Guitar tuning types for beginners

Learning how to play guitar involves passion and enjoyment, and if you aren’t enjoying your lessons then you simply won’t push through and learn the instrument.

The same is true for drums, bass, or any other musical instrument that requires passion and determination. Learning to play guitar has never been easier thanks to resources on the internet like YouTube and hundreds of websites.

Getting started with guitar normally requires basic lessons with traditional EADGBE tuning, but for those that want a less traditional approach to music then rather learn from the bands that you want to learn how to play.

What are guitar tunings all about?

Learning to play guitar has never been easier thanks to resources on the internet like YouTube and hundreds of websites. Getting started with guitar normally requires basic lessons with traditional EADGBE tuning.

But what if you aren’t interested in learning standard tuning songs? What if you enjoy rock or heavy metal that uses novel tuning?

We will look at some different tunings that you can use when learning your favorite band’s songs without needing to get frustrated with chords and scales that you won’t need just yet.

Traditional Guitar Tunings – Standard

Learning how to tune your instrument is essential when starting in music because it ensures you’re playing correctly and will be able to get things done quickly. The same is true of guitar, whether electric or acoustic.

If you have a specific band in mind that you want to learn from, then you can search for the tuning and effects that they use for the guitars. Standard tuning will be useful for 99% of your online lessons and videos online, but if you want to learn how to play something more unique then the following section should help.

Standard Tunings: EADGBE (6 String) and BEADGBE (7 String)

The most common guitar tunings are known as Standard, and these two tunings are taught by instructors all over the internet. The 2 main types of standard tuning for a 6 string guitar are EADGBE and BEADGBE for a 7 string.

If you’re a beginner, it’s important to learn these tunings first as they’re what 90% of your lessons will use. As you gain more experience with the beginner lessons then you should look at the music that you want to learn.

Drop D Tuning

If you are like most people that are learning how to play guitar, then you probably enjoy rock and metal. To play these genres you need to master the most commonly used chord, the power chord! When you drop tune your guitar, you make it easy to make power chords with a single finger.

You would be surprised how much drop tuning has appeared in your favorite rock and metal tracks. DADGBE, CDADGBE are examples of drop tunings that are really fun to play. These are just a few of the most common ones but there are tons more, so look them up on YouTube or your favorite search engine!

Open Tunings

Open tunings are a popular way to play your guitar. They make it so that you can produce the triad of any major chord when all strings have been plucked at once, as well as many other sounds!

An open tuning usually follows these pitches: Open A (for example), D-G, E Flat 9th, Open G (with no 7th), etc.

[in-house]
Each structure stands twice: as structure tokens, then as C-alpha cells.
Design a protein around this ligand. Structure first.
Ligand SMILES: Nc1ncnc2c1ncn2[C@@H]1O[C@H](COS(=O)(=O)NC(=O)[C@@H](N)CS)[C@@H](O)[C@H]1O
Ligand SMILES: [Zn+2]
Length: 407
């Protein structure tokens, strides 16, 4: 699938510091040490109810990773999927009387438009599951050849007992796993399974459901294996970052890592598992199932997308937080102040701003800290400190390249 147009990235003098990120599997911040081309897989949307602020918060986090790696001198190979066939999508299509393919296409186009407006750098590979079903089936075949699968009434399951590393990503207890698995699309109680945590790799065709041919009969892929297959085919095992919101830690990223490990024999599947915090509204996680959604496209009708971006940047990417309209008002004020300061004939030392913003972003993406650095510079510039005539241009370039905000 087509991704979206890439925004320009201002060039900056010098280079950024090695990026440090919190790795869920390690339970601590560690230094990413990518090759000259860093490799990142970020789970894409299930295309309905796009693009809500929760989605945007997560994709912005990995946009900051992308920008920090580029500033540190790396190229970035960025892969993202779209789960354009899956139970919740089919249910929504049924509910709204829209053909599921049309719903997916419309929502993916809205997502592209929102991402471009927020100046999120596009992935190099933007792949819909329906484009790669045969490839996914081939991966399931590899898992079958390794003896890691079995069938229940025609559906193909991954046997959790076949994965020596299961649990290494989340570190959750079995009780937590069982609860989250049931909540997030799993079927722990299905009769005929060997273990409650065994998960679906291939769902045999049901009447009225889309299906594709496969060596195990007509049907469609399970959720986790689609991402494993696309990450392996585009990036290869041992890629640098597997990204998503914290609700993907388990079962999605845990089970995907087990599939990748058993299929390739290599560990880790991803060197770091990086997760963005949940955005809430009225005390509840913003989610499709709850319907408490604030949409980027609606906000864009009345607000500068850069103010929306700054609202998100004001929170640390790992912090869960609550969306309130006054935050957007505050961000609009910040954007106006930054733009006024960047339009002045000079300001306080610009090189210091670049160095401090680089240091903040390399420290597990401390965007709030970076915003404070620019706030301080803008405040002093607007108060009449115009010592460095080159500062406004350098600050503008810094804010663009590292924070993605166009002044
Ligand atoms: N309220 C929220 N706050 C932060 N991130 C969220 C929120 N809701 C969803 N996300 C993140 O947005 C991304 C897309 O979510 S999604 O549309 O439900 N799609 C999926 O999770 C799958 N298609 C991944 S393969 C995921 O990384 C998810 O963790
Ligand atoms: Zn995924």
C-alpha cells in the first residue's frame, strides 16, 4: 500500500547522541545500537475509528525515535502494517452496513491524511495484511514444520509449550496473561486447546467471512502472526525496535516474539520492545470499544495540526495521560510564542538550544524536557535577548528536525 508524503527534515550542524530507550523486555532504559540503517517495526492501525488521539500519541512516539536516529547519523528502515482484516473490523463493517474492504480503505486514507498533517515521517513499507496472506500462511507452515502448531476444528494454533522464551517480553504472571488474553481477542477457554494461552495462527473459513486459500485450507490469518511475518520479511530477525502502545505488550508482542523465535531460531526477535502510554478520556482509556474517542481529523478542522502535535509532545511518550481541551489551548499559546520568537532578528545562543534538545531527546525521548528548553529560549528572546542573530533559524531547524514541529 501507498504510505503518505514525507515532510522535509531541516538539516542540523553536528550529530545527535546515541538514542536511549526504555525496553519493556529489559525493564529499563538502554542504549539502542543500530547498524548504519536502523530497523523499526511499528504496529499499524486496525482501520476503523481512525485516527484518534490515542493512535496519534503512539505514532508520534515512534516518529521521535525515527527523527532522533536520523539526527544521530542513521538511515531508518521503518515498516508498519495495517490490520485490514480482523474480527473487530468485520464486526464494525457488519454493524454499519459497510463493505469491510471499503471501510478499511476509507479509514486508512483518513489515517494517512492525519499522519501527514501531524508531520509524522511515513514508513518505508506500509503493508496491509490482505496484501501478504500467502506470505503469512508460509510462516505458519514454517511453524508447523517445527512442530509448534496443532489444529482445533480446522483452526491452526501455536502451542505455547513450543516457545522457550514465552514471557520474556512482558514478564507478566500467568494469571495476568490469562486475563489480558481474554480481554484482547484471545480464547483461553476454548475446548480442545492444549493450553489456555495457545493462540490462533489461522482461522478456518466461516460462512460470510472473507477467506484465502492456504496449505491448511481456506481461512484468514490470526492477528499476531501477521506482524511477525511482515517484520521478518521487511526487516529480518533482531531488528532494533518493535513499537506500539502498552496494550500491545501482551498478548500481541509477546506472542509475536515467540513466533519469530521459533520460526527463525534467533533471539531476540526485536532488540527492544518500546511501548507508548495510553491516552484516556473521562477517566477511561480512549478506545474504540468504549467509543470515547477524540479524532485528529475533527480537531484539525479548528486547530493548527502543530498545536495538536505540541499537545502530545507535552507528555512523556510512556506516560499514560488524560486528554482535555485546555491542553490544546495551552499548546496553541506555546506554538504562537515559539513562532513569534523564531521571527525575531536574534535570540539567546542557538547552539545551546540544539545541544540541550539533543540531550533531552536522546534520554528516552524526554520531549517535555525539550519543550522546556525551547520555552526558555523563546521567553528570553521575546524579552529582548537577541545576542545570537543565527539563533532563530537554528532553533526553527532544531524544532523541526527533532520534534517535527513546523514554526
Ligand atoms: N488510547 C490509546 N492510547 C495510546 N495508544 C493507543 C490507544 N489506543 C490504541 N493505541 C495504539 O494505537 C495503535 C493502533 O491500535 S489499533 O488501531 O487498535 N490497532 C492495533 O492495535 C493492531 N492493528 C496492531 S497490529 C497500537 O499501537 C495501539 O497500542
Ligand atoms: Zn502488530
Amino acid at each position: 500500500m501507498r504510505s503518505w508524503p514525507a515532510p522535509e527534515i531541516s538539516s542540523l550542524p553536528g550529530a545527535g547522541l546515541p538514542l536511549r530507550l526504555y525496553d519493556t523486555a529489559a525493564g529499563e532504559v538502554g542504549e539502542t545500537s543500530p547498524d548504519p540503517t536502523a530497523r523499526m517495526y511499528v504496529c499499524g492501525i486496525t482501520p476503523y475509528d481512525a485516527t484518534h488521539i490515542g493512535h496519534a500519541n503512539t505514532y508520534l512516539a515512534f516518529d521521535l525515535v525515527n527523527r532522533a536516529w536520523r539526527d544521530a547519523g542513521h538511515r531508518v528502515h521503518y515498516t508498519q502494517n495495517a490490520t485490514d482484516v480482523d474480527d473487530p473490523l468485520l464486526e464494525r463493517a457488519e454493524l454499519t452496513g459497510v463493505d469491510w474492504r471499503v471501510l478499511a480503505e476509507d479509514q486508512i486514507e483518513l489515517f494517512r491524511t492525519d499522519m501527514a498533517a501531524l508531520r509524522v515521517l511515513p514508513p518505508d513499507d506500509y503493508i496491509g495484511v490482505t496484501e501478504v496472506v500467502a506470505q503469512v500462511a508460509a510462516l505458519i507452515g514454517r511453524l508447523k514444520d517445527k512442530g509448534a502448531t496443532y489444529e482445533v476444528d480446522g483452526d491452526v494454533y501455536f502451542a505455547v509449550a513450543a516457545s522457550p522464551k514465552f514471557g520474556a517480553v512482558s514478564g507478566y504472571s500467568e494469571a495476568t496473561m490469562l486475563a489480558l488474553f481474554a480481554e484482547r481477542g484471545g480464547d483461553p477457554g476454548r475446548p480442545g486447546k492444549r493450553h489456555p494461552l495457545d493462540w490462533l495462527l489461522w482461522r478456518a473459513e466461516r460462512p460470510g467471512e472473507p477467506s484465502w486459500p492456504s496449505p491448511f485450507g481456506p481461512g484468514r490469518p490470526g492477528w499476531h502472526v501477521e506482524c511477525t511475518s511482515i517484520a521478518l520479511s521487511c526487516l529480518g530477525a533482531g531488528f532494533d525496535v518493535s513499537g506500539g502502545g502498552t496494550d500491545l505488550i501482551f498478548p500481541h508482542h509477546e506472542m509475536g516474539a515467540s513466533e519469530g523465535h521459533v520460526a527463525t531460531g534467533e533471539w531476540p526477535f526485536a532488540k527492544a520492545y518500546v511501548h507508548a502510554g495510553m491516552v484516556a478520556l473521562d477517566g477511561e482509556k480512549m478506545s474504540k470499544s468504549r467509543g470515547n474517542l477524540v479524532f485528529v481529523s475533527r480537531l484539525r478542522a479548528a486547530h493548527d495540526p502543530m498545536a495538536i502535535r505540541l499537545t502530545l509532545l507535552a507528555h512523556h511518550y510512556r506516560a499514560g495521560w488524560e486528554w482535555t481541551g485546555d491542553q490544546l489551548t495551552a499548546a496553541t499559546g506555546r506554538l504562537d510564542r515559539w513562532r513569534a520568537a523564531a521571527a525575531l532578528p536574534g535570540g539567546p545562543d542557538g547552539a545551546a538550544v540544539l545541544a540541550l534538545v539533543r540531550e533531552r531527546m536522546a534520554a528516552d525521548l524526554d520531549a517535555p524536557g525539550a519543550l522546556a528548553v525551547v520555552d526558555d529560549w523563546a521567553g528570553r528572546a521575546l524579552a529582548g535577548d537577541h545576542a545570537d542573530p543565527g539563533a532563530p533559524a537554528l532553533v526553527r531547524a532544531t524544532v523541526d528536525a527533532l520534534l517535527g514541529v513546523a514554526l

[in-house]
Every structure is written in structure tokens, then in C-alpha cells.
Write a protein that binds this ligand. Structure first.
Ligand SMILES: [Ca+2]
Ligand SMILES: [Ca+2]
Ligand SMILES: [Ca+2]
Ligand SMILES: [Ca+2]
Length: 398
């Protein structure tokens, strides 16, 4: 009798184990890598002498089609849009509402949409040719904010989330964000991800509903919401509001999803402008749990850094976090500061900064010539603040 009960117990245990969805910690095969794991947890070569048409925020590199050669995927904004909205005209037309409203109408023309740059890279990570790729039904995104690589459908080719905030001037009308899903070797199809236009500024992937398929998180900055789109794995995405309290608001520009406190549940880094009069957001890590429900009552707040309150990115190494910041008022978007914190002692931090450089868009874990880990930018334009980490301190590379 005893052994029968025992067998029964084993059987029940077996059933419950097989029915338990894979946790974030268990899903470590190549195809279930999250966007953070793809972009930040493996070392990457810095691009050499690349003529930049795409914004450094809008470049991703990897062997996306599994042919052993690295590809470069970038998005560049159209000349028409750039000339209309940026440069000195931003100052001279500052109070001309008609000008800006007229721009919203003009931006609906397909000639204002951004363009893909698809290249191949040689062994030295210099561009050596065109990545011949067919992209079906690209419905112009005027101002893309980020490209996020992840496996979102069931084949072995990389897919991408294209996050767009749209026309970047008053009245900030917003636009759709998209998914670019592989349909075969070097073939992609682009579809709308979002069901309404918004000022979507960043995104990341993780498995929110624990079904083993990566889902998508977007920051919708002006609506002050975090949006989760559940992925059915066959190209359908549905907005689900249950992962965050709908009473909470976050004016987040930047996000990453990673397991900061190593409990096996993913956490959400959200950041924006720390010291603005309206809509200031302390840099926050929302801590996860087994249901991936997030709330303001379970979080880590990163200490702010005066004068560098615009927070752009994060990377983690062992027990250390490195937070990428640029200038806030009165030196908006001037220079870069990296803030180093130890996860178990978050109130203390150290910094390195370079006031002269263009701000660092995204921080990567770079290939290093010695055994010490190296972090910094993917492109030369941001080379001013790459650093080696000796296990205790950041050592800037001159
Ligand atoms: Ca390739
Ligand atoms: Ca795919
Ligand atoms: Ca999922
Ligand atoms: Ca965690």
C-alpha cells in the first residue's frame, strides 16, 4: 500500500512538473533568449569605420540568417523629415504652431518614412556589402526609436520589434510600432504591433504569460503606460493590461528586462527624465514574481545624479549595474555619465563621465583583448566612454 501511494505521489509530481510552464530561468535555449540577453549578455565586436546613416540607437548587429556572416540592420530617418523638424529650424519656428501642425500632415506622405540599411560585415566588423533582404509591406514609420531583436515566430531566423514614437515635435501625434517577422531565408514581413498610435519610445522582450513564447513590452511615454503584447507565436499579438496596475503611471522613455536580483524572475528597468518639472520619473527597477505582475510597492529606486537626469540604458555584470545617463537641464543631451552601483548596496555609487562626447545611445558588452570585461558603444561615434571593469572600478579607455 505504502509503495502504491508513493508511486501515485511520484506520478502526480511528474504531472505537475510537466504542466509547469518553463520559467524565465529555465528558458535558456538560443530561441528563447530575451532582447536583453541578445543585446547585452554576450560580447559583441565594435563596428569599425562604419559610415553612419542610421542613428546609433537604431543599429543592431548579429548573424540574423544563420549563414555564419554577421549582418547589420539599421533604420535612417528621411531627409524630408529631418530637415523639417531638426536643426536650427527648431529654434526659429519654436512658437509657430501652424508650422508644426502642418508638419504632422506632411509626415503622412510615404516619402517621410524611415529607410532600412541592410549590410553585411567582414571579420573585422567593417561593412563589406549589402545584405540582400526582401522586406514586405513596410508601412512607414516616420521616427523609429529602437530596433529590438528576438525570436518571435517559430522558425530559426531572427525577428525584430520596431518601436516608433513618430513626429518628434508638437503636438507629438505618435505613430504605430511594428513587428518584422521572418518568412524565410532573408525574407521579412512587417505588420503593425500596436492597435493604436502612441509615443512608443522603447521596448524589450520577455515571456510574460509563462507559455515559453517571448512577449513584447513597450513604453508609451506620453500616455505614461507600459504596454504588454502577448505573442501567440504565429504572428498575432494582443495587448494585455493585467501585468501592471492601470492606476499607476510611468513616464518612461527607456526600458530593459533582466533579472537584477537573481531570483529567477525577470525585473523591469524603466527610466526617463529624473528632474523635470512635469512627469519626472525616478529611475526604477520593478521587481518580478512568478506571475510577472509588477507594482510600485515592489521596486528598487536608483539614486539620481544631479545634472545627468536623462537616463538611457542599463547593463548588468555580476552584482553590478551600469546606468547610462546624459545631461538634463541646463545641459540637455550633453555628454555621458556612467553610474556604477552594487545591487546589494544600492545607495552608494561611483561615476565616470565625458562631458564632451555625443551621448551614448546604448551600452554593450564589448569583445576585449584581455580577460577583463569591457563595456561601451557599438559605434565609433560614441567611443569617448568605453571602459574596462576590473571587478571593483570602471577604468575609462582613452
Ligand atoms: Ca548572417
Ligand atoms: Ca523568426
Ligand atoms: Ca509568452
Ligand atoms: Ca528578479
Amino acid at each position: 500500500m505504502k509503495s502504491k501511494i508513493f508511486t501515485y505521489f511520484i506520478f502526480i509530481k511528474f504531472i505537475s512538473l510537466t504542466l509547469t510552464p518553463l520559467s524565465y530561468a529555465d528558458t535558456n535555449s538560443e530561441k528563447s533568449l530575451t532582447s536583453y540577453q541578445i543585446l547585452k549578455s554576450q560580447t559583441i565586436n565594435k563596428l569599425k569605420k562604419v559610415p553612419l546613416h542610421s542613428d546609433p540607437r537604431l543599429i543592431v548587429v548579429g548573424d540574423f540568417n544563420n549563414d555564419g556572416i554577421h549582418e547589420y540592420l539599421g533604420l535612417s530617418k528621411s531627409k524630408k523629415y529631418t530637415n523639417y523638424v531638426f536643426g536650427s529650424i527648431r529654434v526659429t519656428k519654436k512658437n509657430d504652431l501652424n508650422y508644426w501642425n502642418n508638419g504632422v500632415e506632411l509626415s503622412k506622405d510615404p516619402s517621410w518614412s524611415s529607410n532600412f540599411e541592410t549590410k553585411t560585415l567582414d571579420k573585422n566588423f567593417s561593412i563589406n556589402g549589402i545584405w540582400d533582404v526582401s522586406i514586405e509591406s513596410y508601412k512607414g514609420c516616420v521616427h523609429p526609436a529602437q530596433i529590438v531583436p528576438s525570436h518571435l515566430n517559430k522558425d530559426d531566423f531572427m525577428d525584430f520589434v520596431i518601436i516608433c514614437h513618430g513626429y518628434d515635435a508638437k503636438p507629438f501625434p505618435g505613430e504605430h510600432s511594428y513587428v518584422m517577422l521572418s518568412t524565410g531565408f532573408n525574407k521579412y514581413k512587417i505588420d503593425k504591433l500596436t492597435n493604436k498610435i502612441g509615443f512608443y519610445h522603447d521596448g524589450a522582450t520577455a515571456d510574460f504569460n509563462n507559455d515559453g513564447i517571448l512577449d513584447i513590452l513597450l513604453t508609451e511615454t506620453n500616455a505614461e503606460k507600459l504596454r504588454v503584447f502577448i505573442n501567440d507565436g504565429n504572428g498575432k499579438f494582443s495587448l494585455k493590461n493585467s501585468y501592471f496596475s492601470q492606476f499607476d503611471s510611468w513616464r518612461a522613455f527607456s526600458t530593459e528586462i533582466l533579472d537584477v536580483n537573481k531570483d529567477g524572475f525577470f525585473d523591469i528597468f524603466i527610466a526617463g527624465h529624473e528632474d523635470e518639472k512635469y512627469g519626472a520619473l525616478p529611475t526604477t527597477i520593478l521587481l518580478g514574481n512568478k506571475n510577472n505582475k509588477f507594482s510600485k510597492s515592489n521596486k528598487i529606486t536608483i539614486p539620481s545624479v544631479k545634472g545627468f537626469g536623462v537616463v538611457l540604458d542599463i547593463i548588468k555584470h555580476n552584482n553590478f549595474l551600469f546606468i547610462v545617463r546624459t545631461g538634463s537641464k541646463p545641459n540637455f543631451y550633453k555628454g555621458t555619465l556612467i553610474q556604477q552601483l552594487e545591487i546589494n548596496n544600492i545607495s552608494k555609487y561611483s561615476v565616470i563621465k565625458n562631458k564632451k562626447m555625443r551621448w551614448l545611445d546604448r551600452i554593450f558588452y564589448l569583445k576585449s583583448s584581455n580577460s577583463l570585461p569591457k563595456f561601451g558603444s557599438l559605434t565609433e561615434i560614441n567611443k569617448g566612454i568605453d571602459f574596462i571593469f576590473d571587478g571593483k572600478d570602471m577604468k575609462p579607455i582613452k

Open tunings are very useful as they can produce a lot of new chords, you’re going to find some on this list that will simply not be possible in standard tuning!

Another good thing about open tunings is that it makes it a whole lot easier to play slide guitar and barre chords (the chord with 6-7 notes). Standard tuning has too many of the strings ringing open, making it ring out in a slightly unsettling way.

Open tuning makes it fun to experiment with different sounds and effects while still playing easy chords!

Drop Db Tuning

This is the same as drop D but one full step lower. If you are into heavy metal that makes use of power chords, this is the tuning you will want to know about first! If that isn’t quite heavy enough for you but you still want to maintain the convenience of drop tuning then drop C tuning is for you! Drop C is tuned at CGCFAD.

Open C Tuning

Extremely open sounding make this a great option for playing slide guitar because it doesn’t have any required finger positions to play a complete sound. You can make some really interesting tracks and samples with a slide and this tuning and a few effects.

Open G Tuning

Everything is good about open D tuning, but with an extra string available to pluck! This is great for those interested in learning how to play folk music as well as slide guitar! The R-3-4-5 chord pattern makes up the backbone of many songs that people learn

This open tuning is used in bluegrass and folk music and it’s a lot of fun to play. It’s good for playing slide guitar as well as having the option to make some interesting backup melodies! Open D Tuning

In this open tuning, you can play a major chord by simply strumming your guitar! This is a great tuning for beginners that are just learning chords or want to switch it up.

Open E Tuning

Much like open D tuning, but this one has the added benefit of being able to play some major chords by simply strumming your guitar. It’s another good option if you’d rather have more options without having to sacrifice much in terms of time or difficulty for playing!

Open A Tuning

Lots of fun to play when your goal is playing blues. There are some major chords that you can make by simply strumming your guitar, it’s also easier to play slide guitar compared to other open tunings because the strings are not as loose!

Final thoughts on tuning

Learning a new instrument is fun and exciting, and the guitar is the perfect example. Exploring new tuning is a good way to try out new things without spending any money, and if you find something that you like then you can add it it your growing guitar knowledge.